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Film review: Trent McDuffie looks like the real deal

After working his way back from a severe hamstring injury early in the season, the rookie cornerback is now living up the hype.

Jacksonville Jaguars v Kansas City Chiefs Photo by Jason Hanna/Getty Images

The Kansas City Chiefs' defense battled through the vast majority of the first half of their season without the team's top 2022 draft choice: cornerback Trent McDuffie.

It was certainly worth the wait. Yes. After an extensive, patient (and wise) approach to McDuffie's rehabilitation — he's back and better than anyone could have expected through his limited amount of games.

In this review, we will take a closer look at some of the tremendous things the 22-year-old is doing for this defensive backfield.

Film review

Some who follow football closely would say there's no more difficult position to play in the modern NFL than cornerback. The wide receivers, quarterbacks and offensive schematics the players have to contend with make for sometimes undeniable challenges.

One way this presents itself most is through basic, deep passes. It takes an innate amount of patience combined with thousands of repetitions to have a chance at being a good defender in those situations. The receivers are too big and fast, and some quarterbacks can place throws in spots that are nearly indefensible.

McDuffie is proving to be much more the exception than the rule in that he checks so many boxes a defensive coordinator would want — all besides length and overall size. He shows the necessary foot speed to compete, and the internal instincts that made him such a fun watch through his college film continue to pop.

So often, when these defenders are running downfield, and the ball is in the air, they lose focus and either panic, causing a penalty or allowing the catch to be completed due to inadequate ball skills. McDuffie has shown that far more often than not, he won't let these explosive catches, nor will he utilize pass interference-worthy technique.

This isn't to say the young budding star won't give up some plays here and there — he did in fact do so against the Jacksonville Jaguars on one occasion:

McDuffie doesn't necessarily do anything wrong within the play above.

He's in a good position, pressing the receiver's near hip pocket as they run upfield, and he gets his eyes back and up toward the sky to see the path of the football. Unfortunately, Jaguars quarterback Trevor Lawrence and wide receiver Marvin Jones Jr. simply made an incredible connection, and it goes back to the original point discussed — this cornerback stuff is awfully hard in the National Football League.

Known for more than just his ability to stick closely to receivers as they run routes, McDuffie leverages his natural gifts to also maintain excellent position when playing zone coverage schemes. Even when the offense has plays made in such a way to expose zone coverage dialed up, McDuffie often executes his assignment perfectly, making each potential throw look challenging for the quarterback.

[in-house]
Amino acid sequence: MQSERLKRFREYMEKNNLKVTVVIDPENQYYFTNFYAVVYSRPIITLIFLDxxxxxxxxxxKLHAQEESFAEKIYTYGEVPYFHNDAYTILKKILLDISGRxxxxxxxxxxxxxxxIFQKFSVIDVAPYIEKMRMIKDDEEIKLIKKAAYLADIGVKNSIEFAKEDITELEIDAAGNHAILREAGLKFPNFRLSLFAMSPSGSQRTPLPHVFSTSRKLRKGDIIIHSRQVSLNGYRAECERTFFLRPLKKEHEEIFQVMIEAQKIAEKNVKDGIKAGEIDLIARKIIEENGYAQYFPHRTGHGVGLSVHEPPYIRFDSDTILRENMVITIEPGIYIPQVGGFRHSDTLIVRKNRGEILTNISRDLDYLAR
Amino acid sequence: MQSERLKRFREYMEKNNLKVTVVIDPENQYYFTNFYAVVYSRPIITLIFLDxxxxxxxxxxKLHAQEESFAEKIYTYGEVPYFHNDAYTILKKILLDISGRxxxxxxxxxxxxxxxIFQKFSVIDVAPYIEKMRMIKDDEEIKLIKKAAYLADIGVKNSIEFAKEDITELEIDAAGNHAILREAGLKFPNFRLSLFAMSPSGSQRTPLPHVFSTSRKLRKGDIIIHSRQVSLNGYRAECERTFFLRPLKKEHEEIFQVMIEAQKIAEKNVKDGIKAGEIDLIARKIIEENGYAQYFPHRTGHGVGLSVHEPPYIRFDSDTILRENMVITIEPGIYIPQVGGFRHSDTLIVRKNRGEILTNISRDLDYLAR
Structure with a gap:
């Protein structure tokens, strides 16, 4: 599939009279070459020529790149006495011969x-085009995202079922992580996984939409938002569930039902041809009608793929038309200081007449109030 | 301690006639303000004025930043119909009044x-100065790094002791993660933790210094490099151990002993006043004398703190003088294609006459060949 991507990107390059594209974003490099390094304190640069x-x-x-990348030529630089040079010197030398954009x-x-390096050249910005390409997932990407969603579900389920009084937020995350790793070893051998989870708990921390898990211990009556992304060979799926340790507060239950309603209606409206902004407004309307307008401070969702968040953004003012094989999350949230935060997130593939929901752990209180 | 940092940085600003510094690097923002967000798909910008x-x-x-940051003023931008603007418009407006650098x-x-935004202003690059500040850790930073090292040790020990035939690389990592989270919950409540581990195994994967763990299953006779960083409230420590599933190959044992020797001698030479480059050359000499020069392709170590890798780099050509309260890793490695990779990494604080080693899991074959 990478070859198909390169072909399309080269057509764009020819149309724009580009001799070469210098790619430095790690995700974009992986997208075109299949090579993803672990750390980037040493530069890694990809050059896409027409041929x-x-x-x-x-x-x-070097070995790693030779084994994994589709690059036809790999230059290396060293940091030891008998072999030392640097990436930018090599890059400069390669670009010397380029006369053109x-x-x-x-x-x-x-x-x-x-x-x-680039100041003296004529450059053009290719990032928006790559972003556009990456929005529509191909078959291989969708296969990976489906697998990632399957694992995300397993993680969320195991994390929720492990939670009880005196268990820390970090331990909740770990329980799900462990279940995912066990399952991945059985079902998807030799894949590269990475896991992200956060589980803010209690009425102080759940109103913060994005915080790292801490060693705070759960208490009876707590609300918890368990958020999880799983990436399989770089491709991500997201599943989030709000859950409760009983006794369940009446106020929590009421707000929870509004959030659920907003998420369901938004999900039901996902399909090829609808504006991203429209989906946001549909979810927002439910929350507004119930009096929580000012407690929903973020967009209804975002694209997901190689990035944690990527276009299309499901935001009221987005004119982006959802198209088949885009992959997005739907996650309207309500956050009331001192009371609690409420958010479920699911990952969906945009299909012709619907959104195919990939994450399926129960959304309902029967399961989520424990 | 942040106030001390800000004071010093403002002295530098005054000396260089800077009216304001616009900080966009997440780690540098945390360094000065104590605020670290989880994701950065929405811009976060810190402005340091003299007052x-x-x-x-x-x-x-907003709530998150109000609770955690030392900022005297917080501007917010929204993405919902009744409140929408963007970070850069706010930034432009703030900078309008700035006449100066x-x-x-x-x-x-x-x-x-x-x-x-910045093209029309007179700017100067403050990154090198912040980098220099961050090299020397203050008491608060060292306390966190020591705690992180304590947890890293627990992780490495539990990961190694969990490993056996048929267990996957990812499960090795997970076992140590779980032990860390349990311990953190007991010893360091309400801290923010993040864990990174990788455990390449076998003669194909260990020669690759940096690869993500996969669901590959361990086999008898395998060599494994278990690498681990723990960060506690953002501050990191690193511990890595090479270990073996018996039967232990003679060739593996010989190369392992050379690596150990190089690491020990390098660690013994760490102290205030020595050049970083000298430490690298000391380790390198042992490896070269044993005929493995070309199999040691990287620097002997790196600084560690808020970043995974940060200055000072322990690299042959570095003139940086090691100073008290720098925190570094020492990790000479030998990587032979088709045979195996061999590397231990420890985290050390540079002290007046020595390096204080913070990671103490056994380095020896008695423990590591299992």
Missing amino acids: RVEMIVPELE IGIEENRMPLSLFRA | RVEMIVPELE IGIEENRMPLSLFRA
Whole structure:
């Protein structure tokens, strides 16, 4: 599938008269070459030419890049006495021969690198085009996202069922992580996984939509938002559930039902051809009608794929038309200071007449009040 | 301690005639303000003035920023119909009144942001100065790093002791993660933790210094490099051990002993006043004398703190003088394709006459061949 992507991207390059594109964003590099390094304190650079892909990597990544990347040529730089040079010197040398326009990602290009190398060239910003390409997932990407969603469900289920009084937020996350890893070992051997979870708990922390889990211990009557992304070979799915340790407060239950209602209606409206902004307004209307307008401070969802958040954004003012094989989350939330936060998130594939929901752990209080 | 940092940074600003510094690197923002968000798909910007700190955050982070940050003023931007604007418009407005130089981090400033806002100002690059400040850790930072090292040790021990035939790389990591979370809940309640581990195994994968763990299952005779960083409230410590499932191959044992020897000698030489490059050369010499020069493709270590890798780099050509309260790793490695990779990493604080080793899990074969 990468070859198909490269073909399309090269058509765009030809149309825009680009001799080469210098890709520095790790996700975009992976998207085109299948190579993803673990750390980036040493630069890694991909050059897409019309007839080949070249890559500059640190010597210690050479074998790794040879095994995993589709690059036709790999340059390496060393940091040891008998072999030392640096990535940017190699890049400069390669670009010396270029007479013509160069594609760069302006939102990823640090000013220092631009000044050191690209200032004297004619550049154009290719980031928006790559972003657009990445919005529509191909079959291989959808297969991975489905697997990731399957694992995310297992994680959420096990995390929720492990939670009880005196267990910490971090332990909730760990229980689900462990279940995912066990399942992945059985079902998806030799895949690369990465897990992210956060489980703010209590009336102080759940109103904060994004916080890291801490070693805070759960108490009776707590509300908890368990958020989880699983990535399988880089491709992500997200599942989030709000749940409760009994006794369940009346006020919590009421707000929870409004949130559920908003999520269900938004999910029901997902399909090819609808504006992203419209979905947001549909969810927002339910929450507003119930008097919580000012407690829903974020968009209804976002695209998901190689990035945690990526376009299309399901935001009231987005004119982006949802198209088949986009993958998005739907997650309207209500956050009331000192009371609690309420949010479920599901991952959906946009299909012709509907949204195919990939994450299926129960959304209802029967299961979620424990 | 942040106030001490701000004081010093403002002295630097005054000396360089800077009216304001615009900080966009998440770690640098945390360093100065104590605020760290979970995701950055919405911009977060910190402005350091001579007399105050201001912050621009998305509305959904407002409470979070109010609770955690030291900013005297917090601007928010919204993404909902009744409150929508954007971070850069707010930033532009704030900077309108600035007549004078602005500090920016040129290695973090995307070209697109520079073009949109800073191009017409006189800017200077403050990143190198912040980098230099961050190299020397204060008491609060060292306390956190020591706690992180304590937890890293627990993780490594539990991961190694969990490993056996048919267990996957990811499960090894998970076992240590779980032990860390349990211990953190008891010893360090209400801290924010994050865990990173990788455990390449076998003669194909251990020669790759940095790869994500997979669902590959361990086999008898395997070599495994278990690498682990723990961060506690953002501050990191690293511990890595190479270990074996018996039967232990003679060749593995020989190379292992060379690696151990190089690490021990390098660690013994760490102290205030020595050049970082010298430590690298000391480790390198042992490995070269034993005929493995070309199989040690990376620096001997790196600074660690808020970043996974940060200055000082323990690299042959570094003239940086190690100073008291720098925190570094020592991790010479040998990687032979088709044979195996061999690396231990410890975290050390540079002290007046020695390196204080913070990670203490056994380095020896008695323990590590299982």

There are a lot of defensive backs in the NFL who are athletically fast enough to close throwing windows from the zone. There aren't nearly as many who are also instinctively aware of where to place their body to best give themselves (and their team) a chance to make stops. McDuffie is clearly one of these types — not all that dissimilar from Chiefs safety Tyrann Mathieu during his prime years.

If you weren't excited enough already, it pays more dividends that McDuffie is an explosive presence as a tackler near the line of scrimmage. It's part of what made some evaluators say he could play safety as well — and I'm certain he could.

If there's any one area to pick on right now based on the film from the Jacksonville contest, it's more of a collective secondary gripe. Late in the game, the Jaguars had a wide receiver short motion into a bunch formation, as seen in the next clip:

The cornerbacks aligned over this bunch — McDuffie, fellow rookie Joshua Williams and veteran L'Jarius Sneed — were slow to adjust to this motion, and it created an opportunity for the offense to spring open the targeted receiver.

When this team takes the field in the weeks ahead, more offensive coordinators will test this unit out by incorporating various motions into clustered formations as well. Especially considering the youth of the group, it's one way opposing offenses could take advantage of what otherwise looks like an immensely fast secondary.

The bottom line

The sample size remains quite small, and some of McDuffie's greatest challenges are coming at him and the Chiefs' defense very soon.

This coming Sunday night, the Los Angeles Chargers, led by big-armed quarterback Justin Herbert will be the best pure passer McDuffie has faced yet this year. The Chargers could also have wide receiver Mike Williams back from injury — a player who has the size to pose problems and has really dominated his matchups against Chiefs cornerbacks lately. A couple of weeks from now, the Cincinnati Bengals will be on deck with some of the best wideouts in all of football.

The fact remains that McDuffie — regardless of competition — is displaying all the necessary traits to develop into an elite-caliber player very quickly. Needless to say, I'm not backing off my prediction from back in April that McDuffie would one day be a Pro Bowler for the Chiefs.

Injury may have prevented it this year, but bigger team goals will have to do in the meantime.

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